"Crowned with Glory and Honour"

What is glory? It is simply the outshining of the essential nature of this new Christ. It is not just an endowment from without. It is the manifestation of what is within. In Christ's case that is undoubtedly true. The true, divine nature burst forth. The glory is seen to be inherent in the very nature.

He has given us His own divine Life, and while we in ourselves are not as He, not being the original vessels of the divine nature, He has given divine Life to be within us. Eventually that divine life, if it has its way and is not frustrated by disobedience, will show itself in the same way and break out in glory. The word of the apostle regarding that is very simple: "...when He shall come to be glorified in His saints, and to be marvelled at in all them that believed" (2 Thess. 1:10). It is "Christ in you, the hope of glory" (Col. 1:27). At some time Christ is going to blaze out and betray the hidden secret of our spiritual life in glory. People will look on and say, I never thought they were that kind of people, that that was possible where they were concerned. Now, you and I are anything but glorified people, but there is resident within us that power which one day will manifest itself in glory. We have little intimations of that sometimes. We say we have had a touch of heaven on earth, times of blessed fellowship with the Lord and with one another, and we say, This is a bit of glory and something breaks up inside! It is a spiritual sense of glory. But think of that in overwhelming fulness. That is the destiny of the church - "the fulness of Him that fills all in all" (Eph. 1:23).

"Crowned with glory and honour". Those two things are the reverse of corruption. Glory over against corruption, honour over against shame. Let me close here for the moment with this. The church is not a theme, it is not a doctrine, a teaching, it is not a subject in the Bible. You can have all the teaching and all the doctrine and know all that the Bible says about it, be conversant with all the theories of the church, and there be no glory or Life about it. The church is not a subject to be studied or a doctrine to be taught. The church is a Person to be manifested; it is Christ.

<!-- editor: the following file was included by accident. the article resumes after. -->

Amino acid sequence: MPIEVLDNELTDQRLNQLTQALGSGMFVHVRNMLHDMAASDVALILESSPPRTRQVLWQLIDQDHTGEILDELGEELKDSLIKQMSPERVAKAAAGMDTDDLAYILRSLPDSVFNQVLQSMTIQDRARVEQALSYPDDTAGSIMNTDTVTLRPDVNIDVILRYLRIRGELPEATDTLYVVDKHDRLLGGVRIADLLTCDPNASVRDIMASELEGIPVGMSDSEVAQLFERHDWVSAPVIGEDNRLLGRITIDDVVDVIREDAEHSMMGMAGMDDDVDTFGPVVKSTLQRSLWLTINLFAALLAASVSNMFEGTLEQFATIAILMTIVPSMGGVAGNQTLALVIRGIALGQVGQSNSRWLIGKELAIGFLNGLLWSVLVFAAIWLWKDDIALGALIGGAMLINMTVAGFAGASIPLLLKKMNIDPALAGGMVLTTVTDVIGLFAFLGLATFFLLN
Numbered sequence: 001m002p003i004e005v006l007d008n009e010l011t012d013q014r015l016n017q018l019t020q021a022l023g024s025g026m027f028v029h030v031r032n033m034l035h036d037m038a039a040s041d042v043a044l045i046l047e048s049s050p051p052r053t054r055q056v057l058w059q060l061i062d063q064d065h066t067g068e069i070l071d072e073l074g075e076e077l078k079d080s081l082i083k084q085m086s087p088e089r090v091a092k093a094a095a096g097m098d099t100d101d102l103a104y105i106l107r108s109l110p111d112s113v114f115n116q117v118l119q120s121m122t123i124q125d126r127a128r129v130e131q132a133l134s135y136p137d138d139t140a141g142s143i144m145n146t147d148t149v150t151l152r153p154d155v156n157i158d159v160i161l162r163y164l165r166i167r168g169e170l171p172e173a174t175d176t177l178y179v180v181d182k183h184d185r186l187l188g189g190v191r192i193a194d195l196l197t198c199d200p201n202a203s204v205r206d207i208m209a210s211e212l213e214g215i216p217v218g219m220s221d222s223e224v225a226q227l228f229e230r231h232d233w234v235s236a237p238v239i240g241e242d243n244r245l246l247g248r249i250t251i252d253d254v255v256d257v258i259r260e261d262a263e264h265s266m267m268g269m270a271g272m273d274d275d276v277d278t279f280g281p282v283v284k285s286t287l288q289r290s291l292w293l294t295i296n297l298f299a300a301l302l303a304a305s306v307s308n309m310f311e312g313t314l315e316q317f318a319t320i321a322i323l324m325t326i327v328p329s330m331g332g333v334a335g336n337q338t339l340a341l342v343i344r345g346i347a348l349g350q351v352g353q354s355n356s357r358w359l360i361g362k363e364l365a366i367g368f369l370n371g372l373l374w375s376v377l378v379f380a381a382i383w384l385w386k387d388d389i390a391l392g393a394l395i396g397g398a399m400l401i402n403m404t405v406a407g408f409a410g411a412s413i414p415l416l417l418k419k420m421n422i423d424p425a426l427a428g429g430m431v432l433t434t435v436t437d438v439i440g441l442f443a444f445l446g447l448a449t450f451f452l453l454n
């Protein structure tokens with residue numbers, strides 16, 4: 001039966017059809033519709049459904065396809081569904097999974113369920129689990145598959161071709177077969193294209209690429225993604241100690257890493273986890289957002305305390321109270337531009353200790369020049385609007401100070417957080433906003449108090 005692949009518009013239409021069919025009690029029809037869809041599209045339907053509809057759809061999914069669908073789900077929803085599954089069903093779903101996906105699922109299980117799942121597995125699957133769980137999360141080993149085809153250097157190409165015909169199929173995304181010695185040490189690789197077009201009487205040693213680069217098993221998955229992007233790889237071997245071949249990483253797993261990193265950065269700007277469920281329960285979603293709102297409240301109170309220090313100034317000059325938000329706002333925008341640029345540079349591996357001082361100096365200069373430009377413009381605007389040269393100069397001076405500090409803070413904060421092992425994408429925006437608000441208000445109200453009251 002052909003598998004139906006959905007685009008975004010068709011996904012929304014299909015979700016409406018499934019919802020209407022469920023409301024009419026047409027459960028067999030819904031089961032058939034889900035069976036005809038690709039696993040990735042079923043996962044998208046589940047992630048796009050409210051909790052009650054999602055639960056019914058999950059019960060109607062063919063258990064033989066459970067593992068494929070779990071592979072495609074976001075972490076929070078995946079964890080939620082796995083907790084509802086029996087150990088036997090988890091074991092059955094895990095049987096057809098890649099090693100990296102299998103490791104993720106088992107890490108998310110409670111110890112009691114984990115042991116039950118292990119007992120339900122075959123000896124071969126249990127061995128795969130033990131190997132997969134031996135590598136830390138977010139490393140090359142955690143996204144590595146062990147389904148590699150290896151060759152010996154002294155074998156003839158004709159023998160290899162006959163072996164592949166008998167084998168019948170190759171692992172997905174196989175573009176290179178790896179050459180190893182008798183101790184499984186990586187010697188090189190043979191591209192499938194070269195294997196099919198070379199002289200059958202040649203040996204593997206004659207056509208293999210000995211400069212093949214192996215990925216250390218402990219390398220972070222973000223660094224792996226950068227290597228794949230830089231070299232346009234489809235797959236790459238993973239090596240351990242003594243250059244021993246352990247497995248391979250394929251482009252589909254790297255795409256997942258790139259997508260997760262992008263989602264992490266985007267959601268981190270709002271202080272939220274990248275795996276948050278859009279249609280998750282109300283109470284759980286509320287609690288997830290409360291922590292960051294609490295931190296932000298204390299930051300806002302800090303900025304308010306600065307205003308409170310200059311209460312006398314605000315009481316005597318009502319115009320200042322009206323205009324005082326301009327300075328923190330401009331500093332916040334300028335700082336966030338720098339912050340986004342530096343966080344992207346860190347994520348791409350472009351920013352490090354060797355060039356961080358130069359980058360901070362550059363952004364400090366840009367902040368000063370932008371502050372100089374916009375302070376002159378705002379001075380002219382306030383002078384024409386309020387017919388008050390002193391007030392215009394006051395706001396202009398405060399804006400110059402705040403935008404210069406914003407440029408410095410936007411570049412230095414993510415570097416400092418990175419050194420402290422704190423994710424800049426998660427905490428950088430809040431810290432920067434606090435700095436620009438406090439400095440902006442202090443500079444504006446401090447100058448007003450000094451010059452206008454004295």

And no one really knows anything about the church until they have seen Christ by the revelation of the Holy Spirit. Do not ask to see the church and do not ask others if they have seen the church. There is a lot of that sort of language going on - have you seen the church, the truth of the Body? Oh, the Lord deliver us from that sort of thing! Have you seen Christ? If you have seen Christ, you have seen something more than just a Person. Great, vast and wonderful as the Person is, that Person signifies something more than Himself as an isolated unit. He represents and signifies a vast, elect company to come to His likeness, to be conformed to His Image. It is only as we really see Christ in a spiritual heavenly way that we know anything about the church in truth. So do not begin to study the doctrine of the church, and be very careful how you take hold of any teaching about the church. Always remember that you can never have that in a living way unless you are seeing Christ, and for the expression of the church we have to keep on seeing Christ. It is to be the manifestation of Christ.

You may have none of the doctrine, teaching, theory, and yet be in the good of the reality of seeing the Lord. Far better to have it that way than to have all the technique and not to have seen the Lord. It is on heavenly ground that He is seen, and that Mount is a marvellously comprehensive Mount. It goes right back to those eternal counsels of the Godhead before man was created, in their deliberations, counsels and conceptions as to the meaning of the creation which they were about to bring into being, and man was its centre; and right on to the eternity yet to be the realization of that, and it is fixed upon that Mount. It is a tremendous Mount, and it is tremendous to come up into a heavenly place and see the Lord, and, while that may sound external and somewhat remote and far away, it simply is what happens when the Holy Spirit gets a full way in us. It is what happened on the day of Pentecost, it is what happens whenever Christ becomes absolutely Lord and Master in a life. The sovereign Lordship of Christ as Head is the secret of everything else.